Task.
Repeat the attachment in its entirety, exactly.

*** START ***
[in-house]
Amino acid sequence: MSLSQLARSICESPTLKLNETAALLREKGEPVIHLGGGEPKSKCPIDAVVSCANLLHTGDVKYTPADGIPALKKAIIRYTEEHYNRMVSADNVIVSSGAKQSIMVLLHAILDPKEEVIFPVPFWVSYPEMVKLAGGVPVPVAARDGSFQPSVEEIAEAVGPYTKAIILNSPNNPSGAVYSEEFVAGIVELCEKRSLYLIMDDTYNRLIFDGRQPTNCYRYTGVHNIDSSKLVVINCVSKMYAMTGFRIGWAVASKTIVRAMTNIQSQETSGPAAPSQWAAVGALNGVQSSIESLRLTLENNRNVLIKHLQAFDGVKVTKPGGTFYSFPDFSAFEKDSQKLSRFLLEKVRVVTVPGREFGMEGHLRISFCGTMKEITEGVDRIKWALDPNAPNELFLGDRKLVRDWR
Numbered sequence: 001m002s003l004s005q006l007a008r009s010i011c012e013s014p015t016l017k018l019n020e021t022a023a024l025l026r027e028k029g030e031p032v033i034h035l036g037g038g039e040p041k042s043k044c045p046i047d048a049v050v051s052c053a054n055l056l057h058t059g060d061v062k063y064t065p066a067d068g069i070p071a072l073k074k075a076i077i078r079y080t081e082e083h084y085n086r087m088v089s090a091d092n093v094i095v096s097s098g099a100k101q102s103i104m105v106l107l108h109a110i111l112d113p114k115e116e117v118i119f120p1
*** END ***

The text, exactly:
[in-house]
Amino acid sequence: MSLSQLARSICESPTLKLNETAALLREKGEPVIHLGGGEPKSKCPIDAVVSCANLLHTGDVKYTPADGIPALKKAIIRYTEEHYNRMVSADNVIVSSGAKQSIMVLLHAILDPKEEVIFPVPFWVSYPEMVKLAGGVPVPVAARDGSFQPSVEEIAEAVGPYTKAIILNSPNNPSGAVYSEEFVAGIVELCEKRSLYLIMDDTYNRLIFDGRQPTNCYRYTGVHNIDSSKLVVINCVSKMYAMTGFRIGWAVASKTIVRAMTNIQSQETSGPAAPSQWAAVGALNGVQSSIESLRLTLENNRNVLIKHLQAFDGVKVTKPGGTFYSFPDFSAFEKDSQKLSRFLLEKVRVVTVPGREFGMEGHLRISFCGTMKEITEGVDRIKWALDPNAPNELFLGDRKLVRDWR
Numbered sequence: 001m002s003l004s005q006l007a008r009s010i011c012e013s014p015t016l017k018l019n020e021t022a023a024l025l026r027e028k029g030e031p032v033i034h035l036g037g038g039e040p041k042s043k044c045p046i047d048a049v050v051s052c053a054n055l056l057h058t059g060d061v062k063y064t065p066a067d068g069i070p071a072l073k074k075a076i077i078r079y080t081e082e083h084y085n086r087m088v089s090a091d092n093v094i095v096s097s098g099a100k101q102s103i104m105v106l107l108h109a110i111l112d113p114k115e116e117v118i119f120p1